If you experience a problem on Windows NT such as a missing or corrupt crucial file, you might find the Microsoft Windows NT Server 4.0 Resource Kit's Repair utility useful. This utility uses an Emergency Repair Disk (ERD) to repair NT installations. If you don't have an ERD, the Repair utility can also use the \repair folder to restore a system. The utility scans a system's disks, finds the NT installations, and locates the \repair folder under the \%systemroot% folder.
Because you can install NT in any folder, you might wonder how the Repair utility determines whether a folder includes an NT installation. To locate an NT installation, the utility searches a system's folders for the microkernel file ntoskrnl.exe.
If the file ntoskrnl.exe is missing, the Repair utility can't find the NT installation. However, if you have a FAT boot partition, you can work around this problem. Boot the system from a DOS or Windows 9x system disk. (Alternatively, you can boot from a second NT installation.) Use the Cd command to change the current directory to the NT folder. Then, navigate to the system32 folder. Create an ordinary file called ntoskrnl.exe. To create this file, go to the command prompt and enter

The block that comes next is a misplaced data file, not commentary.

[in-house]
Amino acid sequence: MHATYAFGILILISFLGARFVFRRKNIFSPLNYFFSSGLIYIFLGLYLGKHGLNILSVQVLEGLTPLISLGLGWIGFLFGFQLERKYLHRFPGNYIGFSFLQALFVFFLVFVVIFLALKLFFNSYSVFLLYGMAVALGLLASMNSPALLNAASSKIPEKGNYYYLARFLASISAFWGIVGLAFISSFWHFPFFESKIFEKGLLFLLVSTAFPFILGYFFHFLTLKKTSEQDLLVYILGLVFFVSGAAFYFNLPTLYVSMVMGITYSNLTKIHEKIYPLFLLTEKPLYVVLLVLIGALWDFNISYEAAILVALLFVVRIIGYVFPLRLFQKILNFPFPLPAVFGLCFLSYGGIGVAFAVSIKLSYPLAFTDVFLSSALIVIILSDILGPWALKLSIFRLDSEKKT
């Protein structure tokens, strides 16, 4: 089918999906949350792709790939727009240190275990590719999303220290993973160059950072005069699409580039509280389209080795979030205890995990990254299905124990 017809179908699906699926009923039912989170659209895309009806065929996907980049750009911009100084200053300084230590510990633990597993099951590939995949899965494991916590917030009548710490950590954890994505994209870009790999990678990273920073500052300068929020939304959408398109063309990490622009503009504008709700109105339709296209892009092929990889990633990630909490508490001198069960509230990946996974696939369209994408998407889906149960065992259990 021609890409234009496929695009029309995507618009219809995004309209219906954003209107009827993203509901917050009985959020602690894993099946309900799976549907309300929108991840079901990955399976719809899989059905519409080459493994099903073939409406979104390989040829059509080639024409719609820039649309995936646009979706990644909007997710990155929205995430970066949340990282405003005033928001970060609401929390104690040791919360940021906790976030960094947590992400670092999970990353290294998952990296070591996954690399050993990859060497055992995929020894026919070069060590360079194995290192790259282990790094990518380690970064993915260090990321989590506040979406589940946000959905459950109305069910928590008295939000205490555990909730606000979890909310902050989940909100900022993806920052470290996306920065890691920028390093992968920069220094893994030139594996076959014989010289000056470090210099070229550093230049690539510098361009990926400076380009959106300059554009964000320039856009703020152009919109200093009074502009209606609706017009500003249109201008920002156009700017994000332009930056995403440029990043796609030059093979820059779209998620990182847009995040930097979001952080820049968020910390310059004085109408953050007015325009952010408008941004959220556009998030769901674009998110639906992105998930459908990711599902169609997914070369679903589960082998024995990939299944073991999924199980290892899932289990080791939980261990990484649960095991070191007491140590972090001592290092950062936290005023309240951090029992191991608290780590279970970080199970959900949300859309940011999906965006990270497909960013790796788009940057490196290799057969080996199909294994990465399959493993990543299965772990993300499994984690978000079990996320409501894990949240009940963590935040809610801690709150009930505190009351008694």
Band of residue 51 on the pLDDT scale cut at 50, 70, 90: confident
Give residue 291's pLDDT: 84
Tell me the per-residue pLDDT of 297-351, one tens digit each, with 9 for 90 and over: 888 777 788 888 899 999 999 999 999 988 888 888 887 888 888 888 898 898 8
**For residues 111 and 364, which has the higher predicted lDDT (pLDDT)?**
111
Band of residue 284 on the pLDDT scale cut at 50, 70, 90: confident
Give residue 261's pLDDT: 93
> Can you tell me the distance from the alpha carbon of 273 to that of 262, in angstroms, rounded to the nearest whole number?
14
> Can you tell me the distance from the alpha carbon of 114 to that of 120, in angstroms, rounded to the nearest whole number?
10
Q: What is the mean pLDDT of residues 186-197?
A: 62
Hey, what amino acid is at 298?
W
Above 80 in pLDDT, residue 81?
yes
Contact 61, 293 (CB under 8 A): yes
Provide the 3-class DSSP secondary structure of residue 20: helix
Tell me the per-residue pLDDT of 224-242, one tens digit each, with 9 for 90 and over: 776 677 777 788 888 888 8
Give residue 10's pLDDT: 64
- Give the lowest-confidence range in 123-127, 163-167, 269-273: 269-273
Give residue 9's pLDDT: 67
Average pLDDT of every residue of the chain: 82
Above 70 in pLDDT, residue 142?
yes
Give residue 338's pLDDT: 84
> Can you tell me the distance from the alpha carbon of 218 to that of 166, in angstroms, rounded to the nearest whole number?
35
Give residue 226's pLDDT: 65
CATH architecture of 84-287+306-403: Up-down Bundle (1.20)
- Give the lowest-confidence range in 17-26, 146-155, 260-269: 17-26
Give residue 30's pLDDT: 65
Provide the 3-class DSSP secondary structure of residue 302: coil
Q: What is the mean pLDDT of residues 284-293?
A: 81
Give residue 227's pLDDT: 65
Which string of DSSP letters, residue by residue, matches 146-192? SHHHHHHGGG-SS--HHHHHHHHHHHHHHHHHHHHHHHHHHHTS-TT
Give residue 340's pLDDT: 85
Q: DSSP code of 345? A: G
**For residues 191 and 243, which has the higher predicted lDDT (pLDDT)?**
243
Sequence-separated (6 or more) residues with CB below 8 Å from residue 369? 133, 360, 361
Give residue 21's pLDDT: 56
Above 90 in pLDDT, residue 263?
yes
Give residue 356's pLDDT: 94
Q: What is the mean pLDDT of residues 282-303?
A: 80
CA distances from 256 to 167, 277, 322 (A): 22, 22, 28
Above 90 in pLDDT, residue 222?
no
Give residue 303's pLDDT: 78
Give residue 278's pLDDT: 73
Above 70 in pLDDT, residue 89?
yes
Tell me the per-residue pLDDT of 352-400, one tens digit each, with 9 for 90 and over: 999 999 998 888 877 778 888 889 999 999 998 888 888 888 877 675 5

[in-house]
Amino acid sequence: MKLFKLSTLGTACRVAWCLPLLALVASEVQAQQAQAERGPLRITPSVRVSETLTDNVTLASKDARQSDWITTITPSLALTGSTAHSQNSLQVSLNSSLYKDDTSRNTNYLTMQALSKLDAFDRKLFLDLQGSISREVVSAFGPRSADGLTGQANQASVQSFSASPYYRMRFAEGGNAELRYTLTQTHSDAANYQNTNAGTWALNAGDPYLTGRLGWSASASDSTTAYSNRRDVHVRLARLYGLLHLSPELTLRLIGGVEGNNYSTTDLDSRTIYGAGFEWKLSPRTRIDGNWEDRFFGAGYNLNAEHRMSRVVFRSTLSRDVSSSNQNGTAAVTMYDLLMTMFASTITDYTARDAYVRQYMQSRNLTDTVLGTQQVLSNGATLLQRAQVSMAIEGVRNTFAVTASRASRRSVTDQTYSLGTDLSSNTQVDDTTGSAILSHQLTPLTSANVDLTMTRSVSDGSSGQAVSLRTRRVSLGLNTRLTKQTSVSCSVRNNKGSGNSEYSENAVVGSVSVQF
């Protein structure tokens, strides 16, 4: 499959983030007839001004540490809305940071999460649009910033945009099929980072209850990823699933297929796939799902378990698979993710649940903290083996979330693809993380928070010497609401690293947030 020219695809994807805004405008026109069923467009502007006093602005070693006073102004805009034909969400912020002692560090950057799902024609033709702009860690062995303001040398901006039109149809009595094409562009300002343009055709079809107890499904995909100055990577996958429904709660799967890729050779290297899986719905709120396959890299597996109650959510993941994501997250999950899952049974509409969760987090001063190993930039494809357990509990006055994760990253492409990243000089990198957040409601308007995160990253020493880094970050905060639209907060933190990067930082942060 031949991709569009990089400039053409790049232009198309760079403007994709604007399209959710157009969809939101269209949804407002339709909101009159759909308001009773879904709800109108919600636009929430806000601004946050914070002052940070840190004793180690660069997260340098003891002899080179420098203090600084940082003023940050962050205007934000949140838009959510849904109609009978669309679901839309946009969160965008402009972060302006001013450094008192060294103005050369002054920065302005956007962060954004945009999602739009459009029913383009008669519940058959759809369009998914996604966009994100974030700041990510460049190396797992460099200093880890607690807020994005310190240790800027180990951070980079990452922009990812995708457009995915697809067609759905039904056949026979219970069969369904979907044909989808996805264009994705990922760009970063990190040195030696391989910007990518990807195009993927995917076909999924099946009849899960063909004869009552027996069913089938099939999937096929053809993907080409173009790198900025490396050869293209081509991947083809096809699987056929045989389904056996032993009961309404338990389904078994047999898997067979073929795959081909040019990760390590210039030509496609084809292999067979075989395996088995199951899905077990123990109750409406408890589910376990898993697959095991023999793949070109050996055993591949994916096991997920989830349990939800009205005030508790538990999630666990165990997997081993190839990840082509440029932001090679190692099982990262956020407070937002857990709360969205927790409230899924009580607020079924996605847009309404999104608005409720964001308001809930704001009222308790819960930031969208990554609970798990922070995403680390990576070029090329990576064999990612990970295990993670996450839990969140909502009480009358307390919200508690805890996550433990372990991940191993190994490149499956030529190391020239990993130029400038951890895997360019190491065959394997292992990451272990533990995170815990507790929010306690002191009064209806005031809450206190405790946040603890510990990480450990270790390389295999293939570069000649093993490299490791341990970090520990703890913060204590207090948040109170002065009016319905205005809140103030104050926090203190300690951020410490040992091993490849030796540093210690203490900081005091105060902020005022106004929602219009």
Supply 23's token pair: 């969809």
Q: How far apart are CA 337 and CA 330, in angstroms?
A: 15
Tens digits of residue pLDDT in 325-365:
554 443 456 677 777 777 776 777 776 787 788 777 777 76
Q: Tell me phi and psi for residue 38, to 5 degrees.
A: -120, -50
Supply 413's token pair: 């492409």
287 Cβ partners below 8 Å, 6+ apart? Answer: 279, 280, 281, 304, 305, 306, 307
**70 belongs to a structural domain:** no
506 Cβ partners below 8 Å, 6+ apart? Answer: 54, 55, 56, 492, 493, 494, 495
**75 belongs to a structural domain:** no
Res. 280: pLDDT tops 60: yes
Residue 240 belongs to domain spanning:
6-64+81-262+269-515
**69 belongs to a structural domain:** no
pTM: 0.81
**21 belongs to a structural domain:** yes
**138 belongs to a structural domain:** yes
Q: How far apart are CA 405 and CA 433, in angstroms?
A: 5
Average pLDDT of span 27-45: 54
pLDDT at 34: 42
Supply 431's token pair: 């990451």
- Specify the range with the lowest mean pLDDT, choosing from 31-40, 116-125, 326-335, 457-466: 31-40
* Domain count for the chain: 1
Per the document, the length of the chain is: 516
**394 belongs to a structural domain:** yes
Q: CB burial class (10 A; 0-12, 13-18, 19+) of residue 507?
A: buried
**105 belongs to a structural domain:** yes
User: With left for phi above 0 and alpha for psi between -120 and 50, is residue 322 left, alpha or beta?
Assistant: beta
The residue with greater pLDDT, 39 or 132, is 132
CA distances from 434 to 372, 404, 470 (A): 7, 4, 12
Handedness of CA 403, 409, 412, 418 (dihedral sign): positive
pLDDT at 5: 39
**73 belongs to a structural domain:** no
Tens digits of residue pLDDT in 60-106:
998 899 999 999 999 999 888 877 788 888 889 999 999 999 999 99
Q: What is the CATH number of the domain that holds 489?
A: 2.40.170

Then, press F6. Finally, run the Repair utility again. The utility will locate ntoskrnl.exe, determine that the file is corrupt, and replace the file, along with any other missing or corrupt files.
In Windows 2000, Windows File Protection (WFP) monitors ntoskrnl.exe and other crucial files. WFP replaces missing or corrupt files with files from the file cache in realtime, thus avoiding the need for a repair process. In addition, Win2K's Recovery Console gives you read/write capability from a command prompt, even on NTFS partitions.